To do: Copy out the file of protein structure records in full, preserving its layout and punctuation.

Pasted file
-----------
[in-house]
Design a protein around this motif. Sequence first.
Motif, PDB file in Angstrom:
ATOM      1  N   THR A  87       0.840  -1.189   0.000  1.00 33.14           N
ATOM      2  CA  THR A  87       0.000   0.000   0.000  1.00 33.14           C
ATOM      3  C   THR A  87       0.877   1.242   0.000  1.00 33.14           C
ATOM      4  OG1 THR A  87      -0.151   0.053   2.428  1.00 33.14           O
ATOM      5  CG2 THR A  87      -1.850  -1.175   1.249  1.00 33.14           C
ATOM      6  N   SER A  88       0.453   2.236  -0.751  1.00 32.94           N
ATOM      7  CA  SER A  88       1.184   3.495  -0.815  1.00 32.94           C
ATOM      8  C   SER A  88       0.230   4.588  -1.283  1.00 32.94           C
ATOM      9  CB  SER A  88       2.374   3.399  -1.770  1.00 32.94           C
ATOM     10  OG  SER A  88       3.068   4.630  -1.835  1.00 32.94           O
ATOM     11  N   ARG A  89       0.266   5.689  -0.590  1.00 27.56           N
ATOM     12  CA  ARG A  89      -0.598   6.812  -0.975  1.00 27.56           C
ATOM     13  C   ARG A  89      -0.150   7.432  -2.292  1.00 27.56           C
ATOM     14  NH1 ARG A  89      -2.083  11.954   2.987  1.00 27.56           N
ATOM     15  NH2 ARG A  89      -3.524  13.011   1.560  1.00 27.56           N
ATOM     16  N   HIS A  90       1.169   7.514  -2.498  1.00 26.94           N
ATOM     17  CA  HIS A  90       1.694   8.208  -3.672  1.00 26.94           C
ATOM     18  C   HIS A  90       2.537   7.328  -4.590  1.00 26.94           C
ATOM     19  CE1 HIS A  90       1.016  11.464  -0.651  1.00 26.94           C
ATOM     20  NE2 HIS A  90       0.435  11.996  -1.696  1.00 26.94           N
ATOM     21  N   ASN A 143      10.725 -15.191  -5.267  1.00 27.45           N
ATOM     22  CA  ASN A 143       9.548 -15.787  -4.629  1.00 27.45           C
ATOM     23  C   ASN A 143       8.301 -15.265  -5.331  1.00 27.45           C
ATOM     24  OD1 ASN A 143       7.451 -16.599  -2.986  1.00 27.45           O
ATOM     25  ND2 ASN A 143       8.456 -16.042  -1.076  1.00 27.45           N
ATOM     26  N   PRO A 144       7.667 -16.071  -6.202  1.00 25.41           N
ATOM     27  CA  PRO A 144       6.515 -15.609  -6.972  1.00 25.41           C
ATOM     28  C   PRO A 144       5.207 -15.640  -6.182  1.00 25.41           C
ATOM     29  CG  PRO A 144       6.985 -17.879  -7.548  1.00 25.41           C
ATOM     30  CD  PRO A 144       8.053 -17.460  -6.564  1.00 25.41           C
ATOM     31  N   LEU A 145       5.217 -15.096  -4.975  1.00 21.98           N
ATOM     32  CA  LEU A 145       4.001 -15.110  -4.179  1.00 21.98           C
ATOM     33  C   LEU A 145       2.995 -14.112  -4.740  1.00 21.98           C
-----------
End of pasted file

[in-house]
Design a protein around this motif. Sequence first.
Motif, PDB file in Angstrom:
ATOM      1  N   THR A  87       0.840  -1.189   0.000  1.00 33.14           N
ATOM      2  CA  THR A  87       0.000   0.000   0.000  1.00 33.14           C
ATOM      3  C   THR A  87       0.877   1.242   0.000  1.00 33.14           C
ATOM      4  OG1 THR A  87      -0.151   0.053   2.428  1.00 33.14           O
ATOM      5  CG2 THR A  87      -1.850  -1.175   1.249  1.00 33.14           C
ATOM      6  N   SER A  88       0.453   2.236  -0.751  1.00 32.94           N
ATOM      7  CA  SER A  88       1.184   3.495  -0.815  1.00 32.94           C
ATOM      8  C   SER A  88       0.230   4.588  -1.283  1.00 32.94           C
ATOM      9  CB  SER A  88       2.374   3.399  -1.770  1.00 32.94           C
ATOM     10  OG  SER A  88       3.068   4.630  -1.835  1.00 32.94           O
ATOM     11  N   ARG A  89       0.266   5.689  -0.590  1.00 27.56           N
ATOM     12  CA  ARG A  89      -0.598   6.812  -0.975  1.00 27.56           C
ATOM     13  C   ARG A  89      -0.150   7.432  -2.292  1.00 27.56           C
ATOM     14  NH1 ARG A  89      -2.083  11.954   2.987  1.00 27.56           N
ATOM     15  NH2 ARG A  89      -3.524  13.011   1.560  1.00 27.56           N
ATOM     16  N   HIS A  90       1.169   7.514  -2.498  1.00 26.94           N
ATOM     17  CA  HIS A  90       1.694   8.208  -3.672  1.00 26.94           C
ATOM     18  C   HIS A  90       2.537   7.328  -4.590  1.00 26.94           C
ATOM     19  CE1 HIS A  90       1.016  11.464  -0.651  1.00 26.94           C
ATOM     20  NE2 HIS A  90       0.435  11.996  -1.696  1.00 26.94           N
ATOM     21  N   ASN A 143      10.725 -15.191  -5.267  1.00 27.45           N
ATOM     22  CA  ASN A 143       9.548 -15.787  -4.629  1.00 27.45           C
ATOM     23  C   ASN A 143       8.301 -15.265  -5.331  1.00 27.45           C
ATOM     24  OD1 ASN A 143       7.451 -16.599  -2.986  1.00 27.45           O
ATOM     25  ND2 ASN A 143       8.456 -16.042  -1.076  1.00 27.45           N
ATOM     26  N   PRO A 144       7.667 -16.071  -6.202  1.00 25.41           N
ATOM     27  CA  PRO A 144       6.515 -15.609  -6.972  1.00 25.41           C
ATOM     28  C   PRO A 144       5.207 -15.640  -6.182  1.00 25.41           C
ATOM     29  CG  PRO A 144       6.985 -17.879  -7.548  1.00 25.41           C
ATOM     30  CD  PRO A 144       8.053 -17.460  -6.564  1.00 25.41           C
ATOM     31  N   LEU A 145       5.217 -15.096  -4.975  1.00 21.98           N
ATOM     32  CA  LEU A 145       4.001 -15.110  -4.179  1.00 21.98           C
ATOM     33  C   LEU A 145       2.995 -14.112  -4.740  1.00 21.98           C